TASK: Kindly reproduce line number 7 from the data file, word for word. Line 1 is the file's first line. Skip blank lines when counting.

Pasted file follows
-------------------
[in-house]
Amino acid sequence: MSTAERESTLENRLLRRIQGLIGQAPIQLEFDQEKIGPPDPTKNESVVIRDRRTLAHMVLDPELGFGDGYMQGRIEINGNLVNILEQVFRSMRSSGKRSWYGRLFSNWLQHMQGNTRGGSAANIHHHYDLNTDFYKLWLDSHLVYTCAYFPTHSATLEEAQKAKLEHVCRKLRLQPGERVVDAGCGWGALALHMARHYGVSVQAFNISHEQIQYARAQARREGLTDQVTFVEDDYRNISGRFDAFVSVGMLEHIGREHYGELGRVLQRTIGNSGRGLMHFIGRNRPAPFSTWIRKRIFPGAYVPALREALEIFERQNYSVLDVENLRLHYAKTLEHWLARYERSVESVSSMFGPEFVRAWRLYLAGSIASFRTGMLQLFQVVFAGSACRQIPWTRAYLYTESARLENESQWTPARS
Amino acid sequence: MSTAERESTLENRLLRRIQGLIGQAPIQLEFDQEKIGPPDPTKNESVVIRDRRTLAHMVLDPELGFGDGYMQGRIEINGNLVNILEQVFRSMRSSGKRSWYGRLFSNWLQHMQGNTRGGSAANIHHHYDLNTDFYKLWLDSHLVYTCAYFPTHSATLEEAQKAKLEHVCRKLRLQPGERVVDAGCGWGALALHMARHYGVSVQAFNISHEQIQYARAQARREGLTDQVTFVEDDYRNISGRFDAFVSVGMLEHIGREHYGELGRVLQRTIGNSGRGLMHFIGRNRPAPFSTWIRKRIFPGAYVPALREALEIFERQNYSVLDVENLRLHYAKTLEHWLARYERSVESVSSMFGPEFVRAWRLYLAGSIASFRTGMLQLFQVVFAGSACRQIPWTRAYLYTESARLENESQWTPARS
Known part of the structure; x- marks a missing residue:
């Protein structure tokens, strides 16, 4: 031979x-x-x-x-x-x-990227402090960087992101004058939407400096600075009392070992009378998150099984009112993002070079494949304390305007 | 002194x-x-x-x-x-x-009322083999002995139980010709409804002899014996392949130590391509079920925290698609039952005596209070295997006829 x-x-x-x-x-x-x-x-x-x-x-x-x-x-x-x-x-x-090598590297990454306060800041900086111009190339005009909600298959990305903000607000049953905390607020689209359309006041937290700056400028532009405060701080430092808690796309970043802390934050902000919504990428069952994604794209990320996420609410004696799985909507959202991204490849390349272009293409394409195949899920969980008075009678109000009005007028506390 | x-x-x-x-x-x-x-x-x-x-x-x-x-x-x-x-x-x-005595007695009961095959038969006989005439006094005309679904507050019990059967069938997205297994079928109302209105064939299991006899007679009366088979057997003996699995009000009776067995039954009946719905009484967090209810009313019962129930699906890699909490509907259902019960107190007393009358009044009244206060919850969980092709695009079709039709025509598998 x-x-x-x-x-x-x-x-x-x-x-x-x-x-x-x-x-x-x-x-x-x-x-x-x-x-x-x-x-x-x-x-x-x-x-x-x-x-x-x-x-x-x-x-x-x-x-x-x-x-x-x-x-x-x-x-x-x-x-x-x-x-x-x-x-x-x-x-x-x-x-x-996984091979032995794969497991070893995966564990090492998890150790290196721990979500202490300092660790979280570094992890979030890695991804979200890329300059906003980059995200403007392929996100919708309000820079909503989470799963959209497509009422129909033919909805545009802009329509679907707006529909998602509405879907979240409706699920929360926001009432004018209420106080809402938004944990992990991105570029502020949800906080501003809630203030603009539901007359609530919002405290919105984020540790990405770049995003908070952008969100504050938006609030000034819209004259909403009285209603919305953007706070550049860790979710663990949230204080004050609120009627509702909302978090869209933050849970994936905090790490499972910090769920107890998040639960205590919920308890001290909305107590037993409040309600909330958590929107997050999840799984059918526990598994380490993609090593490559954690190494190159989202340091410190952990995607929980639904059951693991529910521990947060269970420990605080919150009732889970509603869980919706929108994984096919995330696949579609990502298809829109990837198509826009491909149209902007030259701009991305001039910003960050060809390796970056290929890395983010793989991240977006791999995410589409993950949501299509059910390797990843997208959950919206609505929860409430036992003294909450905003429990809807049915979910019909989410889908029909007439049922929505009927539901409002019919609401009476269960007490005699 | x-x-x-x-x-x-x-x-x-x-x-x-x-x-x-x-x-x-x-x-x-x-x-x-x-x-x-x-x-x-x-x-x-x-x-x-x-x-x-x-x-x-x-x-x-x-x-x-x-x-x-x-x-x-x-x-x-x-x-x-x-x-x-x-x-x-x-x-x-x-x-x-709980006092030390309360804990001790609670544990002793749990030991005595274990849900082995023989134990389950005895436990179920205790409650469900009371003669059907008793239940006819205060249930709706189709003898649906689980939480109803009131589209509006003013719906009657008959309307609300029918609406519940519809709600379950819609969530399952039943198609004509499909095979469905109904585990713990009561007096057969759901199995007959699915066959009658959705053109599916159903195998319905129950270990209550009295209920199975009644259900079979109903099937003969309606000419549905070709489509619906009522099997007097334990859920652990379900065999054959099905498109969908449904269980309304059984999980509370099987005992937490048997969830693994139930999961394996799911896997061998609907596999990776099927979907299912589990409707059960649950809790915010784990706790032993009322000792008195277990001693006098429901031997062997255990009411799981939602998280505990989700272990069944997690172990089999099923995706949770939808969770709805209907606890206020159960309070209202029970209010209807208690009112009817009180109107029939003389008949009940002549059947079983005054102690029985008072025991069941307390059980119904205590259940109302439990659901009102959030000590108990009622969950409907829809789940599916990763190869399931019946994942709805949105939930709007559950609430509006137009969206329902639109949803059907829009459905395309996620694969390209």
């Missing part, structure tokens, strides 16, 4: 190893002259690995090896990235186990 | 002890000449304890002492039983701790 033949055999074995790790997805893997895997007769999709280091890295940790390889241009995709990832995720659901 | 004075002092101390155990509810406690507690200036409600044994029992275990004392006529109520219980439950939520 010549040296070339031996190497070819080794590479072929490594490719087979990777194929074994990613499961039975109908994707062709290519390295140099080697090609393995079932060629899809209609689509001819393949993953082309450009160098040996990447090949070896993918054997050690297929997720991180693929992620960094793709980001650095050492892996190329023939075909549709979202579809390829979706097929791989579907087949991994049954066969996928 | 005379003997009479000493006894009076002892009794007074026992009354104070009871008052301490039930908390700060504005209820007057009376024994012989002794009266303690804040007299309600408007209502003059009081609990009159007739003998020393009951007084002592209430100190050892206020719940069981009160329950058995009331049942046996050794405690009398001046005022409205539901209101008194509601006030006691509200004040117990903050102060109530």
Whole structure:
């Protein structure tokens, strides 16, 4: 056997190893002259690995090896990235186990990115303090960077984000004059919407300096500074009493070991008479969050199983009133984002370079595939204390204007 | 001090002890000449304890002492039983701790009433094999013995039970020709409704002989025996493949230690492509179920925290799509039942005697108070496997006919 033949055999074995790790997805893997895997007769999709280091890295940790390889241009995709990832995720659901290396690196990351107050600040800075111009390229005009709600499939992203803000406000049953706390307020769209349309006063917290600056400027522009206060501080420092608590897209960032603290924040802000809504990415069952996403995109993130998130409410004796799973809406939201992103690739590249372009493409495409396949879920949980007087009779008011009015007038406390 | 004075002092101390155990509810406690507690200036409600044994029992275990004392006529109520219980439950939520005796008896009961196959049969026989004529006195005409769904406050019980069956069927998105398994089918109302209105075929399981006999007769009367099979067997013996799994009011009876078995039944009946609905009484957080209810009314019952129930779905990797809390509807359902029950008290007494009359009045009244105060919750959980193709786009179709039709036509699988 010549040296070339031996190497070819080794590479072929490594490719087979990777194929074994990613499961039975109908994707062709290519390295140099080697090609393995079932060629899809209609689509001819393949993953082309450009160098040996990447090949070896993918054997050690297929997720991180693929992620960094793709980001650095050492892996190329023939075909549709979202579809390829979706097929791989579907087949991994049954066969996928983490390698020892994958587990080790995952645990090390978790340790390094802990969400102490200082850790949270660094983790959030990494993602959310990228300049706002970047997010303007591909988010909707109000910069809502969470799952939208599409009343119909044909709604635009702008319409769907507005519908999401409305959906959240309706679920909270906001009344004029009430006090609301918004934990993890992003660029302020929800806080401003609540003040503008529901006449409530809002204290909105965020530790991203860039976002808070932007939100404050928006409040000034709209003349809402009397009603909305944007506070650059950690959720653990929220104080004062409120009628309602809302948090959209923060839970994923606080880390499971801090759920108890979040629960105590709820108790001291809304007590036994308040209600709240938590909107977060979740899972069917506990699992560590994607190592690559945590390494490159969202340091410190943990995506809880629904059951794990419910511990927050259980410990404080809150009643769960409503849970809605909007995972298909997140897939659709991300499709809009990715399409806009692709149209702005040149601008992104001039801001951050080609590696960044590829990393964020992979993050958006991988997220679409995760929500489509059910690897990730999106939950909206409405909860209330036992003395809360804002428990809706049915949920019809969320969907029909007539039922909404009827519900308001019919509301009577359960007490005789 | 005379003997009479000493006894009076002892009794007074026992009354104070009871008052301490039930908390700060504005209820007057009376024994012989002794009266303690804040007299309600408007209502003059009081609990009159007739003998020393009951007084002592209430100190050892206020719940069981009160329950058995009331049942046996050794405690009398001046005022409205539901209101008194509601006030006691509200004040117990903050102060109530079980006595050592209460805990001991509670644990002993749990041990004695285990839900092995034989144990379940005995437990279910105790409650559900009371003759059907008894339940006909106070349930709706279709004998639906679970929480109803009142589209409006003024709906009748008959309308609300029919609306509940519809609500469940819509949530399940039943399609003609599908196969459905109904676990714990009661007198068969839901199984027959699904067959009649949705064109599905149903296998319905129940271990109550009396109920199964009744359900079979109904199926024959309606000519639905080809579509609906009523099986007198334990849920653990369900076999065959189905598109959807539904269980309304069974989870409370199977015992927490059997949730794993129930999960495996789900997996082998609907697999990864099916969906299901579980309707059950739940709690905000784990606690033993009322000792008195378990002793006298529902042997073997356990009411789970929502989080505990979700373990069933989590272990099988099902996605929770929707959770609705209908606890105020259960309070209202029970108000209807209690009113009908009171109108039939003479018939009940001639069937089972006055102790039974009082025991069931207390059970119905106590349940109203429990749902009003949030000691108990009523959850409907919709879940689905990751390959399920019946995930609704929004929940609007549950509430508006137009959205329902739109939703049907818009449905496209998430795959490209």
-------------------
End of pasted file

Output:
Whole structure: